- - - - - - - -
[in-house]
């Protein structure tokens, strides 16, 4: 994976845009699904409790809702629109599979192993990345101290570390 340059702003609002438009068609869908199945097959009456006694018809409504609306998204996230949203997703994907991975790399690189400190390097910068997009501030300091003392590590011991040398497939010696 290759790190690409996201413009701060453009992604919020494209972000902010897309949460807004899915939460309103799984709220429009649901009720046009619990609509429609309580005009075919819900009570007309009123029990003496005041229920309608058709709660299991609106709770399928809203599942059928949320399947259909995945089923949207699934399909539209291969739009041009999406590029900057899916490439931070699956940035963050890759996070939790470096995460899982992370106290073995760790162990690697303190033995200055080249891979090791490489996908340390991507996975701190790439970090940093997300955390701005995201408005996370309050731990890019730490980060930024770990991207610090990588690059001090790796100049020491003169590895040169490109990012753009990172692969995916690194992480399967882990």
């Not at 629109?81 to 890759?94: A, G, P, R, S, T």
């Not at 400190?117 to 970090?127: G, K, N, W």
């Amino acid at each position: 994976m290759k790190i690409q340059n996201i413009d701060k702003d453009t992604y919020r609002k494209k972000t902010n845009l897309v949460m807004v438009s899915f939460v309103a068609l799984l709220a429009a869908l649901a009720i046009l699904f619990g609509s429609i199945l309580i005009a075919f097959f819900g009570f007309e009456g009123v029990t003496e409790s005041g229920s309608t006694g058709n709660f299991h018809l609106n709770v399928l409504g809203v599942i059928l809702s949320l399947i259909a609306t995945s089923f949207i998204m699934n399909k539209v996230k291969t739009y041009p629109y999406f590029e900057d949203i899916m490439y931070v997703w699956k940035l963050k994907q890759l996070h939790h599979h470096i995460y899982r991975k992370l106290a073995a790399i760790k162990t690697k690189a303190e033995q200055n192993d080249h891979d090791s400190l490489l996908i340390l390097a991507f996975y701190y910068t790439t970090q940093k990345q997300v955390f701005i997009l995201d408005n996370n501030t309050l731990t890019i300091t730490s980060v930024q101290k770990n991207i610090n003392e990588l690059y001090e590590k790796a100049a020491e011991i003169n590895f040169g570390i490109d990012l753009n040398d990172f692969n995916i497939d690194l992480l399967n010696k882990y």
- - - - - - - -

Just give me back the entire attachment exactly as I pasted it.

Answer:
[in-house]
């Protein structure tokens, strides 16, 4: 994976845009699904409790809702629109599979192993990345101290570390 340059702003609002438009068609869908199945097959009456006694018809409504609306998204996230949203997703994907991975790399690189400190390097910068997009501030300091003392590590011991040398497939010696 290759790190690409996201413009701060453009992604919020494209972000902010897309949460807004899915939460309103799984709220429009649901009720046009619990609509429609309580005009075919819900009570007309009123029990003496005041229920309608058709709660299991609106709770399928809203599942059928949320399947259909995945089923949207699934399909539209291969739009041009999406590029900057899916490439931070699956940035963050890759996070939790470096995460899982992370106290073995760790162990690697303190033995200055080249891979090791490489996908340390991507996975701190790439970090940093997300955390701005995201408005996370309050731990890019730490980060930024770990991207610090990588690059001090790796100049020491003169590895040169490109990012753009990172692969995916690194992480399967882990």
């Not at 629109?81 to 890759?94: A, G, P, R, S, T």
């Not at 400190?117 to 970090?127: G, K, N, W």
């Amino acid at each position: 994976m290759k790190i690409q340059n996201i413009d701060k702003d453009t992604y919020r609002k494209k972000t902010n845009l897309v949460m807004v438009s899915f939460v309103a068609l799984l709220a429009a869908l649901a009720i046009l699904f619990g609509s429609i199945l309580i005009a075919f097959f819900g009570f007309e009456g009123v029990t003496e409790s005041g229920s309608t006694g058709n709660f299991h018809l609106n709770v399928l409504g809203v599942i059928l809702s949320l399947i259909a609306t995945s089923f949207i998204m699934n399909k539209v996230k291969t739009y041009p629109y999406f590029e900057d949203i899916m490439y931070v997703w699956k940035l963050k994907q890759l996070h939790h599979h470096i995460y899982r991975k992370l106290a073995a790399i760790k162990t690697k690189a303190e033995q200055n192993d080249h891979d090791s400190l490489l996908i340390l390097a991507f996975y701190y910068t790439t970090q940093k990345q997300v955390f701005i997009l995201d408005n996370n501030t309050l731990t890019i300091t730490s980060v930024q101290k770990n991207i610090n003392e990588l690059y001090e590590k790796a100049a020491e011991i003169n590895f040169g570390i490109d990012l753009n040398d990172f692969n995916i497939d690194l992480l399967n010696k882990y």